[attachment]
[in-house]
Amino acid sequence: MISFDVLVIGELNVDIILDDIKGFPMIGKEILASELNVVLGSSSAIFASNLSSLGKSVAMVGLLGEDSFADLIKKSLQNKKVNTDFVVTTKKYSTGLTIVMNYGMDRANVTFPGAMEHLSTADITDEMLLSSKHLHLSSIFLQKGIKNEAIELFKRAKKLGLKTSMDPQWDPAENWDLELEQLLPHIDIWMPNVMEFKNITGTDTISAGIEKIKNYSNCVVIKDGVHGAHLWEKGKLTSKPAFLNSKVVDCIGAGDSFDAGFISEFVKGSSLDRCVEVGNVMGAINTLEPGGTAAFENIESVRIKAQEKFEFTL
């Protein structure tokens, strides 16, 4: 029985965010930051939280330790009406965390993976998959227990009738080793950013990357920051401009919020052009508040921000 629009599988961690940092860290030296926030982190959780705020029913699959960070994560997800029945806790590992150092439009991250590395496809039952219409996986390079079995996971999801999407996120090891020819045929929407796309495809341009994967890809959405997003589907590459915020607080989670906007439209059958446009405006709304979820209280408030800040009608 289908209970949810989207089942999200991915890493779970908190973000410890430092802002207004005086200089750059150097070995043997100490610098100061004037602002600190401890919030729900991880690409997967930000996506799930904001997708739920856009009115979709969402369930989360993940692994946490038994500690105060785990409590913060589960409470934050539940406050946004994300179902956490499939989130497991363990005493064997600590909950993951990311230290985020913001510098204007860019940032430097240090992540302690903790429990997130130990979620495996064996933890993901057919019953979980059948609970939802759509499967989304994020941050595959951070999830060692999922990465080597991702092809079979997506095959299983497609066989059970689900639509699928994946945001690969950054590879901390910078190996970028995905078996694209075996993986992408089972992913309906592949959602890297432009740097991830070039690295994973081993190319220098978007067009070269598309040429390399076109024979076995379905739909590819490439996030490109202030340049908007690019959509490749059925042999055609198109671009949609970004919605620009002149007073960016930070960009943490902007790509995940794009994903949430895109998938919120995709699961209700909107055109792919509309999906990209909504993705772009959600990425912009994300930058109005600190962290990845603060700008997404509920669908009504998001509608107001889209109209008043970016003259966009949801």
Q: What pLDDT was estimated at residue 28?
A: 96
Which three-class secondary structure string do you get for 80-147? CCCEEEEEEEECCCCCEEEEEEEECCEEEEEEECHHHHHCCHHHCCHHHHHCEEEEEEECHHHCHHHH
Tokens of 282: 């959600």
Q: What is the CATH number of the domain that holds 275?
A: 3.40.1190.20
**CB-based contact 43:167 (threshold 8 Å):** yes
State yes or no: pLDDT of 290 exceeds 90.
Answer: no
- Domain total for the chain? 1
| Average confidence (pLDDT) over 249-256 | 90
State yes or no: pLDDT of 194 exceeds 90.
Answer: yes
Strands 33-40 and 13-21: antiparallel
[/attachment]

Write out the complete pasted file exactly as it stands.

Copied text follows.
[in-house]
Amino acid sequence: MISFDVLVIGELNVDIILDDIKGFPMIGKEILASELNVVLGSSSAIFASNLSSLGKSVAMVGLLGEDSFADLIKKSLQNKKVNTDFVVTTKKYSTGLTIVMNYGMDRANVTFPGAMEHLSTADITDEMLLSSKHLHLSSIFLQKGIKNEAIELFKRAKKLGLKTSMDPQWDPAENWDLELEQLLPHIDIWMPNVMEFKNITGTDTISAGIEKIKNYSNCVVIKDGVHGAHLWEKGKLTSKPAFLNSKVVDCIGAGDSFDAGFISEFVKGSSLDRCVEVGNVMGAINTLEPGGTAAFENIESVRIKAQEKFEFTL
């Protein structure tokens, strides 16, 4: 029985965010930051939280330790009406965390993976998959227990009738080793950013990357920051401009919020052009508040921000 629009599988961690940092860290030296926030982190959780705020029913699959960070994560997800029945806790590992150092439009991250590395496809039952219409996986390079079995996971999801999407996120090891020819045929929407796309495809341009994967890809959405997003589907590459915020607080989670906007439209059958446009405006709304979820209280408030800040009608 289908209970949810989207089942999200991915890493779970908190973000410890430092802002207004005086200089750059150097070995043997100490610098100061004037602002600190401890919030729900991880690409997967930000996506799930904001997708739920856009009115979709969402369930989360993940692994946490038994500690105060785990409590913060589960409470934050539940406050946004994300179902956490499939989130497991363990005493064997600590909950993951990311230290985020913001510098204007860019940032430097240090992540302690903790429990997130130990979620495996064996933890993901057919019953979980059948609970939802759509499967989304994020941050595959951070999830060692999922990465080597991702092809079979997506095959299983497609066989059970689900639509699928994946945001690969950054590879901390910078190996970028995905078996694209075996993986992408089972992913309906592949959602890297432009740097991830070039690295994973081993190319220098978007067009070269598309040429390399076109024979076995379905739909590819490439996030490109202030340049908007690019959509490749059925042999055609198109671009949609970004919605620009002149007073960016930070960009943490902007790509995940794009994903949430895109998938919120995709699961209700909107055109792919509309999906990209909504993705772009959600990425912009994300930058109005600190962290990845603060700008997404509920669908009504998001509608107001889209109209008043970016003259966009949801």
Q: What pLDDT was estimated at residue 28?
A: 96
Which three-class secondary structure string do you get for 80-147? CCCEEEEEEEECCCCCEEEEEEEECCEEEEEEECHHHHHCCHHHCCHHHHHCEEEEEEECHHHCHHHH
Tokens of 282: 């959600």
Q: What is the CATH number of the domain that holds 275?
A: 3.40.1190.20
**CB-based contact 43:167 (threshold 8 Å):** yes
State yes or no: pLDDT of 290 exceeds 90.
Answer: no
- Domain total for the chain? 1
| Average confidence (pLDDT) over 249-256 | 90
State yes or no: pLDDT of 194 exceeds 90.
Answer: yes
Strands 33-40 and 13-21: antiparallel